castagnole rouge Apogon imberbis


  Cold and temperate sea fish

cardinalfish Apogon imberbis

Identity card


Scientific name:
Apogon imberbis
Year of description:
Linnaeus, 1758
IUCN Status:
Least Concern

Mediterranean, Eastern Atlantic.


Between 5 and 50 metres in summer, and down to 200 metres in winter.


12 cm on average, 15 cm max.


Small fish, invertebrates and plankton.

cardinalfish Apogon imberbis

The cardinalfish is a member of the Apogon family, just like the Banggai cardinalfish (Pterapogon kauderni).

The latter can be seen in the Coral Jungle area of the Mankind and Shores exhibition.

Did you know?

It is also known as the king of the mullets or the Mediterranean cardinalfish.

For divers, it marks the beginning of the descent to the depths, as it is most often found at depths of over 20 metres. 

Due to its red colour, it is difficult to see once you reach a depth of more than 10 metres, both to protect itself and to hunt. Soldierfish have the same distinctive feature.

Where is the animal to be found?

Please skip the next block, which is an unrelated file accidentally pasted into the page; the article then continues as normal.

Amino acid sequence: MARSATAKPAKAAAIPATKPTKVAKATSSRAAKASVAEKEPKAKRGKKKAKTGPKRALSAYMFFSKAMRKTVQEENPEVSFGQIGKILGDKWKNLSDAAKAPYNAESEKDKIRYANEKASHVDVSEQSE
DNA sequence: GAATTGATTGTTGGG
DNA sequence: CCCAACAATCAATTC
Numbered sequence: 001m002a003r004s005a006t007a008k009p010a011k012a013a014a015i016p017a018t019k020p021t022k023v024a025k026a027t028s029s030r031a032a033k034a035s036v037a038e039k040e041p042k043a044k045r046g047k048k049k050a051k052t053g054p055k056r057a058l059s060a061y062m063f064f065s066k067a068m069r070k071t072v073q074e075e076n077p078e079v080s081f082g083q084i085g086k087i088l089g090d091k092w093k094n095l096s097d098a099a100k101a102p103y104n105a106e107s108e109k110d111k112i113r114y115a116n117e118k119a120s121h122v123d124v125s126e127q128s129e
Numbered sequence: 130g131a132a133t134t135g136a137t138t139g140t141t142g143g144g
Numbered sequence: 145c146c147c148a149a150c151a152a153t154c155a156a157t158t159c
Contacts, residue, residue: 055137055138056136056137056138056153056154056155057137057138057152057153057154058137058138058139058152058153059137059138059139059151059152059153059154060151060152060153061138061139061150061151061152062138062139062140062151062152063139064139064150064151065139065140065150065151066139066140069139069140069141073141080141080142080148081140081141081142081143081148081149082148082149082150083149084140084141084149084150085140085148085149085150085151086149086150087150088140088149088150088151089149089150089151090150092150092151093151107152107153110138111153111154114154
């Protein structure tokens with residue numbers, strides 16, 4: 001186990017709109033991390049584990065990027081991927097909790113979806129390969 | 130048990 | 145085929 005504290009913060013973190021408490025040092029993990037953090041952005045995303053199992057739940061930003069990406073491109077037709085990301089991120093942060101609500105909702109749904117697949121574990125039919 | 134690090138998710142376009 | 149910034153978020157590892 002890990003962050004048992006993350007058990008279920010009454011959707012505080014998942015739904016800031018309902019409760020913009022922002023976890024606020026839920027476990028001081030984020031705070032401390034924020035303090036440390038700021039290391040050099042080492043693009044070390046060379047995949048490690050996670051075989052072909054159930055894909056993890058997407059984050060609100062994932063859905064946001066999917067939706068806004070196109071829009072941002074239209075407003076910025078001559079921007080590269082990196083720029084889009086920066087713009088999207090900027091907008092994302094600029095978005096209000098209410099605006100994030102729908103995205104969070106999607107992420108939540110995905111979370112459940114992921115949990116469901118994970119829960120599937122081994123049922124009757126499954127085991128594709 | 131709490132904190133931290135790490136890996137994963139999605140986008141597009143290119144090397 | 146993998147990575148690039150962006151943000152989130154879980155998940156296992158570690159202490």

It is a rockfish, meaning that it thrives in rocky shelters. It stays there during the day and comes out at night to hunt.

It can be found in the Mediterranean and Eastern Atlantic (from the south of the Bay of Biscay), in the Gulf of Guinea, the Azores, Cape Verde and the Canary Islands.

How can it be recognised?

  • The cardinalfish is an orange-red fish with a stocky body and a maximum size of 15 cm. It is sometimes confused with the swallowtail seaperch Anthias anthias or the damselfish, which is also known as the Mediterranean chromis Chromis chromis.
  • It can be distinguished by two bluish-white lines around its large round eyes and very long pectoral fins.
  • Its body is fairly tall and slender.
  • Males and females look alike. They live in groups and sometimes behave territorially towards other fish, and even towards their own species.
  • The mouth is protractrile and can extend considerably, allowing the male to shelter the eggs during the incubation period.

What is distinctive about it?

Just like the Banggai cardinalfish, the male keeps the fertilised eggs in its mouth until the babies hatch. It can hold more than 20,000 eggs in its mouth.

Breeding takes place in summer and the courtship behaviour features close contact between the two fish, which begin a dance that moves in slow circles. Mating without copulation leads to fertilisation. Once the eggs have been released, they clump together and are collected by the male, who keeps them in its mouth until they hatch.

This incubation lasts for a week, during which the male cardinalfish cannot feed.

Where can I find it at Nausicaá?

Journey on the High Seas

cardinalfish Apogon imberbis

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